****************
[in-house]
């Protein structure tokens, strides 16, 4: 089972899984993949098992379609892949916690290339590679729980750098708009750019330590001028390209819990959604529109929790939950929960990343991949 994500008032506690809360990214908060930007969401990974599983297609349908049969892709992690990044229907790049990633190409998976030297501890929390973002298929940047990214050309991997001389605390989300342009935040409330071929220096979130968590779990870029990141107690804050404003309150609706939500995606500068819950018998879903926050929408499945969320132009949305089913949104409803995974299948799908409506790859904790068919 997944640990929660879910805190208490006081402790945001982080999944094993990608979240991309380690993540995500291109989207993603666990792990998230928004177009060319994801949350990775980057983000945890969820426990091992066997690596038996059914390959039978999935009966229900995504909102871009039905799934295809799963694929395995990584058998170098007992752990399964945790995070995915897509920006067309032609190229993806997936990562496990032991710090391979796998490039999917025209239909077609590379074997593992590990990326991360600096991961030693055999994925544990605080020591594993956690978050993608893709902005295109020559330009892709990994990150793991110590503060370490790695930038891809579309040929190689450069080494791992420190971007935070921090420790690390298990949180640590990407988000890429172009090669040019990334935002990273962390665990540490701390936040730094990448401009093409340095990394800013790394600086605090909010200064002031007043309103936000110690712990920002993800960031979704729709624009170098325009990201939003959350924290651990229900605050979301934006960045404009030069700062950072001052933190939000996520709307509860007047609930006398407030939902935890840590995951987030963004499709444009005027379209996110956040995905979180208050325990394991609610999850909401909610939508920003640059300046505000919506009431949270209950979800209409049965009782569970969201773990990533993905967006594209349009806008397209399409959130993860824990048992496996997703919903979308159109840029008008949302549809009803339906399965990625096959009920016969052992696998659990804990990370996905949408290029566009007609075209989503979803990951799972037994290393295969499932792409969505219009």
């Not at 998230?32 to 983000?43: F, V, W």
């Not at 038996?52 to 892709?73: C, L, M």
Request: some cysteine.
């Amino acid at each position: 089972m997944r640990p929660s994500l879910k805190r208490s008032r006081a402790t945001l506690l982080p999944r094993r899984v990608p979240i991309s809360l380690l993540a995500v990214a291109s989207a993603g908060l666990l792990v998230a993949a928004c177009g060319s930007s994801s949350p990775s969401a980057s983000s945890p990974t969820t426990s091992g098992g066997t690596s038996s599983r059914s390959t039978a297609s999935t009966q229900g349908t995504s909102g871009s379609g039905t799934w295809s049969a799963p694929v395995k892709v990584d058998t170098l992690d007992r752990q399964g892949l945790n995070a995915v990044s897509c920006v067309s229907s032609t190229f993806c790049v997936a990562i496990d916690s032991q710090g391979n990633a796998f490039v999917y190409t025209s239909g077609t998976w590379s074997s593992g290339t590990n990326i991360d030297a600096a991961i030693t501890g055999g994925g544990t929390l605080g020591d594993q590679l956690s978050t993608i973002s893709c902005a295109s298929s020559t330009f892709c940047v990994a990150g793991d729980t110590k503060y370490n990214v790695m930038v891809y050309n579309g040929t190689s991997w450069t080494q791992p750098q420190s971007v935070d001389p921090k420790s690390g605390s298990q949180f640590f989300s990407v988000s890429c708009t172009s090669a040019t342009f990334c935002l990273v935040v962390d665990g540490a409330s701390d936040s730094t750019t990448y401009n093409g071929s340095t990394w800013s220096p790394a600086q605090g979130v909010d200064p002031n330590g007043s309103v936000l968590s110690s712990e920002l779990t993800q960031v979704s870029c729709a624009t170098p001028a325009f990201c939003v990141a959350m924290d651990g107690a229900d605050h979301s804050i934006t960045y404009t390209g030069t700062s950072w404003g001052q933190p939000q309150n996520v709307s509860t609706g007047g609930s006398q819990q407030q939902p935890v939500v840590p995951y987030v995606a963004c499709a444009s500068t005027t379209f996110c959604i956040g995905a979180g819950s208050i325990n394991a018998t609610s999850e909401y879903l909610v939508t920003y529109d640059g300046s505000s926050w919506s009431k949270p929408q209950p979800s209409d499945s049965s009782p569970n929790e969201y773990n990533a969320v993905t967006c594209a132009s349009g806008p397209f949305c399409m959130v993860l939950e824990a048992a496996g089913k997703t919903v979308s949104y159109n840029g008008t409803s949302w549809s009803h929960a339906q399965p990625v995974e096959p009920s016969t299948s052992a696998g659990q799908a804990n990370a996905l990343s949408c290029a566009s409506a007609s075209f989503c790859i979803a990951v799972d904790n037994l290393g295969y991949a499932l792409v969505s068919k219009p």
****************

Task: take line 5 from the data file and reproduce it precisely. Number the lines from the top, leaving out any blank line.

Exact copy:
Request: some cysteine.